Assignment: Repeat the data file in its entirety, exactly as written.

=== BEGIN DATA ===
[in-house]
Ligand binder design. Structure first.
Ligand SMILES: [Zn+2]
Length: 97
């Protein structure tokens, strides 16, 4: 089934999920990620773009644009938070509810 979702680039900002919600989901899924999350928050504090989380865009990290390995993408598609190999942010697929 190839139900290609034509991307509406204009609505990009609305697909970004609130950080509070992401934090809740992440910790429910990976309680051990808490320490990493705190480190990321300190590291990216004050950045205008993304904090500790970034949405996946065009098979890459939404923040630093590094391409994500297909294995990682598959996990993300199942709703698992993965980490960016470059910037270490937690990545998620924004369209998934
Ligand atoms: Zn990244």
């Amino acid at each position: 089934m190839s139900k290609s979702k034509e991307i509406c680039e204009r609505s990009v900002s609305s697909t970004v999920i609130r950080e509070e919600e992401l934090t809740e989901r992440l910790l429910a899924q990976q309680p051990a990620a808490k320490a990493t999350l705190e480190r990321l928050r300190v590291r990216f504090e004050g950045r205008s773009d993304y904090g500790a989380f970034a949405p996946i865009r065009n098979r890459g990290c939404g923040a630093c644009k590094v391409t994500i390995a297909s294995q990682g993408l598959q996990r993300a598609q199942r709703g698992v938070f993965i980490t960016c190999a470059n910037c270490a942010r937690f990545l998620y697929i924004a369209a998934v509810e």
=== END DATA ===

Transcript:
[in-house]
Ligand binder design. Structure first.
Ligand SMILES: [Zn+2]
Length: 97
């Protein structure tokens, strides 16, 4: 089934999920990620773009644009938070509810 979702680039900002919600989901899924999350928050504090989380865009990290390995993408598609190999942010697929 190839139900290609034509991307509406204009609505990009609305697909970004609130950080509070992401934090809740992440910790429910990976309680051990808490320490990493705190480190990321300190590291990216004050950045205008993304904090500790970034949405996946065009098979890459939404923040630093590094391409994500297909294995990682598959996990993300199942709703698992993965980490960016470059910037270490937690990545998620924004369209998934
Ligand atoms: Zn990244």
């Amino acid at each position: 089934m190839s139900k290609s979702k034509e991307i509406c680039e204009r609505s990009v900002s609305s697909t970004v999920i609130r950080e509070e919600e992401l934090t809740e989901r992440l910790l429910a899924q990976q309680p051990a990620a808490k320490a990493t999350l705190e480190r990321l928050r300190v590291r990216f504090e004050g950045r205008s773009d993304y904090g500790a989380f970034a949405p996946i865009r065009n098979r890459g990290c939404g923040a630093c644009k590094v391409t994500i390995a297909s294995q990682g993408l598959q996990r993300a598609q199942r709703g698992v938070f993965i980490t960016c190999a470059n910037c270490a942010r937690f990545l998620y697929i924004a369209a998934v509810e």